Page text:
But your question hints at more subtle kinds of examples, namely $\pi_n(S^k)$ when $n>k$. Those are finite (except for some cases when $n=2k-1$) and non-trivial for many $n$ and $k$. Note that there are no $n$ or $n+1$ disks around, so these groups are non-zero for interesting reasons. Sorting out what the $\pi_n(S^k)$ are and why is a beautiful and impossibly difficult branch of mathematics. Scott hints at some geometric approaches using immersions and embeddings. There are many other ways to study these groups.

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A lot of standard examples have $\pi_1(X)=C_2$ or have a $C_2$ as a factor. I think it's harder to visualize spaces with larger cyclic $\pi_1$, so here's a simple example.

Pick a positive integer $n$. We'll construct a space with $\pi_1(X)=C_n$. Take the closed unit disc $D$ in the plane: $D=\{(x,y):x^2+y^2\le1\}$. Identify points on the circumference an angular distance of $2\pi/n$ apart. We get a quotient space $X$, where $(\cos t,\sin t)$ and $(\cos(t+2\pi/n),\sin(t+2\pi/n))$ are identified. In $X$, the map from $[0,2\pi/n]$ to $X$ taking $t$ to $(\cos t,\sin t)$ is a loop $\lambda$. Tracing out $\lambda$ $n$ times gives the whole circumference. This big loop can be contracted by passing it over the centre of the disc $D$, but no smaller positive integer multiple of $\lambda$ can be contracted.

Now, intuiting higher homotopy groups is a much harder matter ....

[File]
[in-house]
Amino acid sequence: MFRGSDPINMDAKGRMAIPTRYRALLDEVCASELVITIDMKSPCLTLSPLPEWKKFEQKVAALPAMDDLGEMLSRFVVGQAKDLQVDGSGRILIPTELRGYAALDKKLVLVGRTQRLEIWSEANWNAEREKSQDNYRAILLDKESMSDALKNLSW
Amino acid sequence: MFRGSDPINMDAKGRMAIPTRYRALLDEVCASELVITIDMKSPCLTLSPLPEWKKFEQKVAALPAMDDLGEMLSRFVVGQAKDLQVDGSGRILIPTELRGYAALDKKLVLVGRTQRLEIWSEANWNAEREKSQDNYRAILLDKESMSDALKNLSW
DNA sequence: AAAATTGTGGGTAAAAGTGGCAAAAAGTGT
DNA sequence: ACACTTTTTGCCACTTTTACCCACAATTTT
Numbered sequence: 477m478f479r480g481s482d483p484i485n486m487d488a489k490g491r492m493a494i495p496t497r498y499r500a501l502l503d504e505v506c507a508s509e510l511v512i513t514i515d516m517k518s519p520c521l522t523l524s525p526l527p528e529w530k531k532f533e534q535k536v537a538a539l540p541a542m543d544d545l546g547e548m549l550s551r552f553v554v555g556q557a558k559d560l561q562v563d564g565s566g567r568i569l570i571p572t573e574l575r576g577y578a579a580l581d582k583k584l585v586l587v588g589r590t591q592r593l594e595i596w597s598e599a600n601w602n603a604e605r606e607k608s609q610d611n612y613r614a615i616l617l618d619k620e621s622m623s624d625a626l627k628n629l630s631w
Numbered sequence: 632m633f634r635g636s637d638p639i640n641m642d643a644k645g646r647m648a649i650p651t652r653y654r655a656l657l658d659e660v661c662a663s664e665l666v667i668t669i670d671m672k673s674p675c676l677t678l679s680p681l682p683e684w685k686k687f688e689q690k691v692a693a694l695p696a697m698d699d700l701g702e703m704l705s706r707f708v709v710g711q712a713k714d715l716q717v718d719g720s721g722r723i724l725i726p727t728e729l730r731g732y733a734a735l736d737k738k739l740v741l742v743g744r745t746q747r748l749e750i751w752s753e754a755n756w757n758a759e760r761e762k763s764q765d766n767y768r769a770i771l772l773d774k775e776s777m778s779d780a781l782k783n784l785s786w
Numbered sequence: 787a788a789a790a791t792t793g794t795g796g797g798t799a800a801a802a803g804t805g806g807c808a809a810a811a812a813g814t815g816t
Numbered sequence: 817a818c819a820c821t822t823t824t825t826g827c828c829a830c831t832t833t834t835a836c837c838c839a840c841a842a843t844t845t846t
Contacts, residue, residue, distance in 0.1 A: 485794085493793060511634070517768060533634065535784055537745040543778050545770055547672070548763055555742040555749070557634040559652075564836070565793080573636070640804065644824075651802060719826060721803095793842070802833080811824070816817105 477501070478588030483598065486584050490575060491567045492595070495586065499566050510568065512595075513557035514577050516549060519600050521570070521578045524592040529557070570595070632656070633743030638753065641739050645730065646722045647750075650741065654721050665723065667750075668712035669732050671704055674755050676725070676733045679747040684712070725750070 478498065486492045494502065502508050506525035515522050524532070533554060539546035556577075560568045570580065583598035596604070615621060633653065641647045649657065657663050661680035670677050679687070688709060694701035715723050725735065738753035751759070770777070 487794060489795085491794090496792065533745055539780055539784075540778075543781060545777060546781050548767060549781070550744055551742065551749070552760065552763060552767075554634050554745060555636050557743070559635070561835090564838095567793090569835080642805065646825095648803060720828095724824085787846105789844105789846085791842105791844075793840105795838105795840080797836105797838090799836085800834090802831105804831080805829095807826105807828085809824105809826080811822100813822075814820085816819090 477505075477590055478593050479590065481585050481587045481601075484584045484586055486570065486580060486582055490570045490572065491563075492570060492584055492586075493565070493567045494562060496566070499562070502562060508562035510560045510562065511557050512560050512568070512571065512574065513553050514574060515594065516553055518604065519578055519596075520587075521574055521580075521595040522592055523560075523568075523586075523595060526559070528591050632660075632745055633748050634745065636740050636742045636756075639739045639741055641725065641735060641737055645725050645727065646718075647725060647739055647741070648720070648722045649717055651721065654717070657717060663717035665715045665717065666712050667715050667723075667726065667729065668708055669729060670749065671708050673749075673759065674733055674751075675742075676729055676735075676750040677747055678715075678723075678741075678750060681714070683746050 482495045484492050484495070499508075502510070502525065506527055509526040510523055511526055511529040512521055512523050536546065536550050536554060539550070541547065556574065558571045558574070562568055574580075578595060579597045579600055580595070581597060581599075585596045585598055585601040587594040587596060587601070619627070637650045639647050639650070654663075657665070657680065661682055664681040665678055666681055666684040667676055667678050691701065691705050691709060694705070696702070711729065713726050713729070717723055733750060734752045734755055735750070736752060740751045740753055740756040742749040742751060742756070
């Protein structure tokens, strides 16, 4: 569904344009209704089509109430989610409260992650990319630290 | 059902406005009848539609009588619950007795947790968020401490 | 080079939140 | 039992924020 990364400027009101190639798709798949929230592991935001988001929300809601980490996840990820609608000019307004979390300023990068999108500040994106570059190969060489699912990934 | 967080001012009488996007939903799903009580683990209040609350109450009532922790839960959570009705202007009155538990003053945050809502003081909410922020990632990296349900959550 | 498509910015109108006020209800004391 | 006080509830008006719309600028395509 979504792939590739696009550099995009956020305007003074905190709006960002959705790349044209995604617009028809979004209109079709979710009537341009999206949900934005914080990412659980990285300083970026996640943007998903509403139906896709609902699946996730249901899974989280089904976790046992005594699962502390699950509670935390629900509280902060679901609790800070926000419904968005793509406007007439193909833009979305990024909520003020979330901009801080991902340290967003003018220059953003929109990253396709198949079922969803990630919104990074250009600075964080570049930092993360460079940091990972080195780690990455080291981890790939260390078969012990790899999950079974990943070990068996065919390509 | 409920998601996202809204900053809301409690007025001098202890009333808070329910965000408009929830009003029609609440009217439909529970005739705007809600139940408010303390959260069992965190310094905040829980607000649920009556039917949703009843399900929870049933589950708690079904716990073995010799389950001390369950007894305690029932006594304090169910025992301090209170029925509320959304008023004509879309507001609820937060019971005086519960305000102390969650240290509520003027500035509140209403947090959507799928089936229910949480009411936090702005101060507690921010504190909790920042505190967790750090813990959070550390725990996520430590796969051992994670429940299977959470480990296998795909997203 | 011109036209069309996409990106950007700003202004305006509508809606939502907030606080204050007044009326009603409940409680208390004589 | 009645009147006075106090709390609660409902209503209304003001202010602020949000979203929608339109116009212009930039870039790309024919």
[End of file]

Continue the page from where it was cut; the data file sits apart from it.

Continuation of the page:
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One approach is to understand this as part of the geometry of universal covering spaces. Such spaces are simply connected (even sometimes contractible), but may have finite groups acting on them sufficiently "nicely" (and there's the catch) so that the quotient inherits the finite group as its fundamental group. In fact if the long exact sequence of a fibration (of homotopy groups) applies, you can force a fundamental group to coincide with a discrete group as fibre.

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Perhaps it isn't necessary to add another answer, but here is one more nevertheless.

  1. Given any discrete group $G$, form the classifying space $BG$. A map of $S^1$ to $BG$ is equivalent to giving a principal $G$-bundle over $S^1$. Such a bundle can formed by gluing the ends of the trivial bundle $[0,1]\times G$ with a twist given by an element of $G$. So in this way, we get $\pi_1(BG)=G$.

  2. Of course, invoking $BG$ is perhaps violating the spirit of the question. When $G$ is finite, we can approximate this by something more concrete. Let $V$ be a faithful unitary representation of $G$ with no trivial summands (e.g. the complement of $\mathbb{C}$ in the regular representation). After replacing $V$ by $V\oplus V$ if necessary, we can assume that $\dim V>1$. Then the unit sphere $S\subset V$ will be simply connected, and $G$ will act on it without fixed points. So the quotient $S/G$ will have fundamental group $G$. This is the same construction used (implicitly) in many of the other answers.

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I think you need a more restrictive hypothesis on G. This is not the case for every compact Lie group, $BS^1 = \mathbb{C}P^\infty$ which is simply connected, hence $\pi_1(BS^1)=0$. It is true for finite groups and $\mathbb{Z}$. – Sean Tilson Sep 13 '10 at 20:14
Good point. $\mbox{}$ – Donu Arapura Sep 19 '10 at 13:28